Posted in after the diagnosis, coping with chronic illness, coping with life threatening illness, Emotional Health, Life Motivation, living with chronic illness, Living with Illness

Life’s Longest Lesson

We got to school for years hoping to learn enough information and skills to get us through life. Courses in school go in sequence when they built upon one another. They increase in depth and difficulty as you move along the education continuum. The goal of learning is to build an arsenal of tools that will guide and assist you as you move through life.

We learn a lot of facts, but when it comes to practical life lessons we have to divert our attention from the classroom and look to our real world experiences as our teachers. This is where we learn respect, responsibility, and cooperation to name a few. Real world experiences provide us with a context for overcoming adversity. These are the lessons that are often the hardest to learn because they can only be learned by making it through the challenge. You have to find a solution to the problem/challenge to learn the lesson.

Obviously there are challenges you can’t prepare for such as an illness. This is where life lessons get more complicated because we have to able to generalize our lessons learned to a new situation. If you’ve been sad in the past how did you get over it? What did you do to resolve that emotional challenge? Having the capacity to superimpose those lessons to new situations is how we move forward on our path to health and healing.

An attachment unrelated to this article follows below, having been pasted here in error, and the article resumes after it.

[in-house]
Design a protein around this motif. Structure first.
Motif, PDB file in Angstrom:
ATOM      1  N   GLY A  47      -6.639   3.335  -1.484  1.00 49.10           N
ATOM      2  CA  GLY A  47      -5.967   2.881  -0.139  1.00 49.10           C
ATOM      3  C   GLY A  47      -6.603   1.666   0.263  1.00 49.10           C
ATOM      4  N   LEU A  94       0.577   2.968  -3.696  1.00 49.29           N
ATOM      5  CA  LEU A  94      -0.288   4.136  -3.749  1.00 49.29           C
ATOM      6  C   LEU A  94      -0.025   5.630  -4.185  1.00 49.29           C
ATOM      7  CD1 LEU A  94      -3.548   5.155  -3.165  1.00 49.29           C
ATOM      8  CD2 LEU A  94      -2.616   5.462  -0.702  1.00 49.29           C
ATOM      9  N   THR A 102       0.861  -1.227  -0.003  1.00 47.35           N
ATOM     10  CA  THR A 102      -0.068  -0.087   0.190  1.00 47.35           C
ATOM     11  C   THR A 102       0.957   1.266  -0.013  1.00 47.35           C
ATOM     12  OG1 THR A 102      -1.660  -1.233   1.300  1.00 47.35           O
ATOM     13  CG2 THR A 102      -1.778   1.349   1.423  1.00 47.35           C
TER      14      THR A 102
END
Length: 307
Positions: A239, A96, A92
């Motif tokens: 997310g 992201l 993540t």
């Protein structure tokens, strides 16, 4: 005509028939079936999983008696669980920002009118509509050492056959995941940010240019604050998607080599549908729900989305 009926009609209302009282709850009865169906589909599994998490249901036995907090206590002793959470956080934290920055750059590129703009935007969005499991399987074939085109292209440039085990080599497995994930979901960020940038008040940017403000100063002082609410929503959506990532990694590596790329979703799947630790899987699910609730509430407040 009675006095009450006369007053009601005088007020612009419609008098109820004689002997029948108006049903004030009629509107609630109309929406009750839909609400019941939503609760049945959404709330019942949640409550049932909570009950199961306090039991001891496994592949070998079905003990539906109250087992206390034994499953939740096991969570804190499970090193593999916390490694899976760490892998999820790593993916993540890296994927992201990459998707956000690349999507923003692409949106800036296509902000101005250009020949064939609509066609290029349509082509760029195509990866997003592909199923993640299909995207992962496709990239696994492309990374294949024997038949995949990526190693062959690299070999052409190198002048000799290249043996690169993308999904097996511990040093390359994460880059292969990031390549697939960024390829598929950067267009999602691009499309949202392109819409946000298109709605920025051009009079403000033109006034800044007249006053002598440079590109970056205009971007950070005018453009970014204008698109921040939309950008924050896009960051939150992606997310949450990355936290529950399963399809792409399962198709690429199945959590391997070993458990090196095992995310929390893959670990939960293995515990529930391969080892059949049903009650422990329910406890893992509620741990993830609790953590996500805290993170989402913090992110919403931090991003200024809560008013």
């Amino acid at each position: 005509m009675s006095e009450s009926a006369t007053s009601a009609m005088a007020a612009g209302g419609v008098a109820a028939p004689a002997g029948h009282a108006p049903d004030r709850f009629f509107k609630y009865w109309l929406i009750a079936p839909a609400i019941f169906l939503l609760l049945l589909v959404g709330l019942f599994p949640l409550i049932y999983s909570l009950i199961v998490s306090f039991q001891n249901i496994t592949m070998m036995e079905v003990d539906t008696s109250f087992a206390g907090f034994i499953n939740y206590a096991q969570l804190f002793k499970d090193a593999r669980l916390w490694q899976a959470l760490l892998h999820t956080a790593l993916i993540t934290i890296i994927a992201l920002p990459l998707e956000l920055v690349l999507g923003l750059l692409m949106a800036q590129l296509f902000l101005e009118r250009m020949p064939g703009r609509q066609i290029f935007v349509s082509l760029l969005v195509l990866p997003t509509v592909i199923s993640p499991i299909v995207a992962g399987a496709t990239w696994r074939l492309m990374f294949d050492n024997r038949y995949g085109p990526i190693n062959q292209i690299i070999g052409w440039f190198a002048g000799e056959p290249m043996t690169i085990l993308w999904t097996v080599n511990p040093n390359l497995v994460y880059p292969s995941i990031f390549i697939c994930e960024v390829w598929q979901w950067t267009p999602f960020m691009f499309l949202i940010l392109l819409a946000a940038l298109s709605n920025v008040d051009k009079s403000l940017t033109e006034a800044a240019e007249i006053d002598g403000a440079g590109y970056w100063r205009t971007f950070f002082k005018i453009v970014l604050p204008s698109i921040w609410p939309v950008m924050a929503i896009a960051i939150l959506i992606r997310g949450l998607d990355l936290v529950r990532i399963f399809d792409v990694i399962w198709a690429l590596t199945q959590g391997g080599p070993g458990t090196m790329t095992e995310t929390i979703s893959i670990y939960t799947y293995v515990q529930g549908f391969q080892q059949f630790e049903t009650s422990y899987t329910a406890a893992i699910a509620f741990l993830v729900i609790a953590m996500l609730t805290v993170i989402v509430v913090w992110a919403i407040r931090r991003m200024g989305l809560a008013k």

So what are the lessons that are taking you the longest to learn? How would you know that they’re a struggle? They are the challenges that continue to present themselves challenging you every step of the way. They are the challenges that give you an opportunity to try various possible solutions providing an arena for trial and error.

We don’t like to think about the lessons we are having difficulty learning. Thinking about the unlearned lessons often makes us feel defeated. On the other hand, if you’re up to “doing the work” having these challenges build inner strength. They allow you to build a pyramid of learning expanding the realm of possibility in your life.

How will you tackle the unlearned lessons? What strategies will you use to learn the lessons most trying physically, mentally, or spiritually?

Looking for inspiration, education, and support when facing a chronic or life-threatening illness, visit

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I've lived my life in service to others. I'm focused on mental health and how it impacts our relationships, culture, and society. Through creative expression and narrative I believe we can impact change.

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